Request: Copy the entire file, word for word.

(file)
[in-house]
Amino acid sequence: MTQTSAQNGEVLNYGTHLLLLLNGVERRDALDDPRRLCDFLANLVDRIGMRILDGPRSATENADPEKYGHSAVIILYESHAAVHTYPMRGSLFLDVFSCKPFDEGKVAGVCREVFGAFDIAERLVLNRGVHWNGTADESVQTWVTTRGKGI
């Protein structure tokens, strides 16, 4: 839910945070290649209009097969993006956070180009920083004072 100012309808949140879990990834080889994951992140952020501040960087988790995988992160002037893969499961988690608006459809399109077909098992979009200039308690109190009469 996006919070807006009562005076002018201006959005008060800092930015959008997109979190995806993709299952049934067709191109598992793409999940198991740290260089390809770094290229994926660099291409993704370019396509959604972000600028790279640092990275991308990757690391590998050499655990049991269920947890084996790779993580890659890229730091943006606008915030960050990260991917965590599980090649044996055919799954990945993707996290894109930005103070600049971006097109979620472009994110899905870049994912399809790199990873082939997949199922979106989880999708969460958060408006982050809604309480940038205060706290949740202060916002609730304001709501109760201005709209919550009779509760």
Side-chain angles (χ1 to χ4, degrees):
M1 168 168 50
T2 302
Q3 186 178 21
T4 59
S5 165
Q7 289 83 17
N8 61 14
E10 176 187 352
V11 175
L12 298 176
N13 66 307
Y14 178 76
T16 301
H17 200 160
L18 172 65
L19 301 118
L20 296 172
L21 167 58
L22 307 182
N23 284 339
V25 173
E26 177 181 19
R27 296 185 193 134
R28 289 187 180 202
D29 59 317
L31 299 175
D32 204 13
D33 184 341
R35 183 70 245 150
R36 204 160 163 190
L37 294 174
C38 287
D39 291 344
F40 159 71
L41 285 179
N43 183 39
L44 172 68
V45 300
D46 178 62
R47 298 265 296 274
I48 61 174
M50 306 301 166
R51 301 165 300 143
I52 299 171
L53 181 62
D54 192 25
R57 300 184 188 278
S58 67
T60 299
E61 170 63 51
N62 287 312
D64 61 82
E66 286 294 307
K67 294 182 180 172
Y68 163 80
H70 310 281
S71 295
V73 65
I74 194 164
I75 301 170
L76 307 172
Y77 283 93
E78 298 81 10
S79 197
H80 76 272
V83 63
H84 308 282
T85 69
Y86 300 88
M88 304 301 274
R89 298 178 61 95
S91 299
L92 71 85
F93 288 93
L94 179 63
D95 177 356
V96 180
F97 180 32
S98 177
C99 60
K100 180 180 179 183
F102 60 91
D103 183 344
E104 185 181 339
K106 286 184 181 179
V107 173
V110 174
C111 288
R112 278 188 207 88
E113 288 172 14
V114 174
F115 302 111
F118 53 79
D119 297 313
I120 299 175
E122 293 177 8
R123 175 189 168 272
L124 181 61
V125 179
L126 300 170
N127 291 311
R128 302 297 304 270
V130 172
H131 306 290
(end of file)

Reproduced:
[in-house]
Amino acid sequence: MTQTSAQNGEVLNYGTHLLLLLNGVERRDALDDPRRLCDFLANLVDRIGMRILDGPRSATENADPEKYGHSAVIILYESHAAVHTYPMRGSLFLDVFSCKPFDEGKVAGVCREVFGAFDIAERLVLNRGVHWNGTADESVQTWVTTRGKGI
């Protein structure tokens, strides 16, 4: 839910945070290649209009097969993006956070180009920083004072 100012309808949140879990990834080889994951992140952020501040960087988790995988992160002037893969499961988690608006459809399109077909098992979009200039308690109190009469 996006919070807006009562005076002018201006959005008060800092930015959008997109979190995806993709299952049934067709191109598992793409999940198991740290260089390809770094290229994926660099291409993704370019396509959604972000600028790279640092990275991308990757690391590998050499655990049991269920947890084996790779993580890659890229730091943006606008915030960050990260991917965590599980090649044996055919799954990945993707996290894109930005103070600049971006097109979620472009994110899905870049994912399809790199990873082939997949199922979106989880999708969460958060408006982050809604309480940038205060706290949740202060916002609730304001709501109760201005709209919550009779509760």
Side-chain angles (χ1 to χ4, degrees):
M1 168 168 50
T2 302
Q3 186 178 21
T4 59
S5 165
Q7 289 83 17
N8 61 14
E10 176 187 352
V11 175
L12 298 176
N13 66 307
Y14 178 76
T16 301
H17 200 160
L18 172 65
L19 301 118
L20 296 172
L21 167 58
L22 307 182
N23 284 339
V25 173
E26 177 181 19
R27 296 185 193 134
R28 289 187 180 202
D29 59 317
L31 299 175
D32 204 13
D33 184 341
R35 183 70 245 150
R36 204 160 163 190
L37 294 174
C38 287
D39 291 344
F40 159 71
L41 285 179
N43 183 39
L44 172 68
V45 300
D46 178 62
R47 298 265 296 274
I48 61 174
M50 306 301 166
R51 301 165 300 143
I52 299 171
L53 181 62
D54 192 25
R57 300 184 188 278
S58 67
T60 299
E61 170 63 51
N62 287 312
D64 61 82
E66 286 294 307
K67 294 182 180 172
Y68 163 80
H70 310 281
S71 295
V73 65
I74 194 164
I75 301 170
L76 307 172
Y77 283 93
E78 298 81 10
S79 197
H80 76 272
V83 63
H84 308 282
T85 69
Y86 300 88
M88 304 301 274
R89 298 178 61 95
S91 299
L92 71 85
F93 288 93
L94 179 63
D95 177 356
V96 180
F97 180 32
S98 177
C99 60
K100 180 180 179 183
F102 60 91
D103 183 344
E104 185 181 339
K106 286 184 181 179
V107 173
V110 174
C111 288
R112 278 188 207 88
E113 288 172 14
V114 174
F115 302 111
F118 53 79
D119 297 313
I120 299 175
E122 293 177 8
R123 175 189 168 272
L124 181 61
V125 179
L126 300 170
N127 291 311
R128 302 297 304 270
V130 172
H131 306 290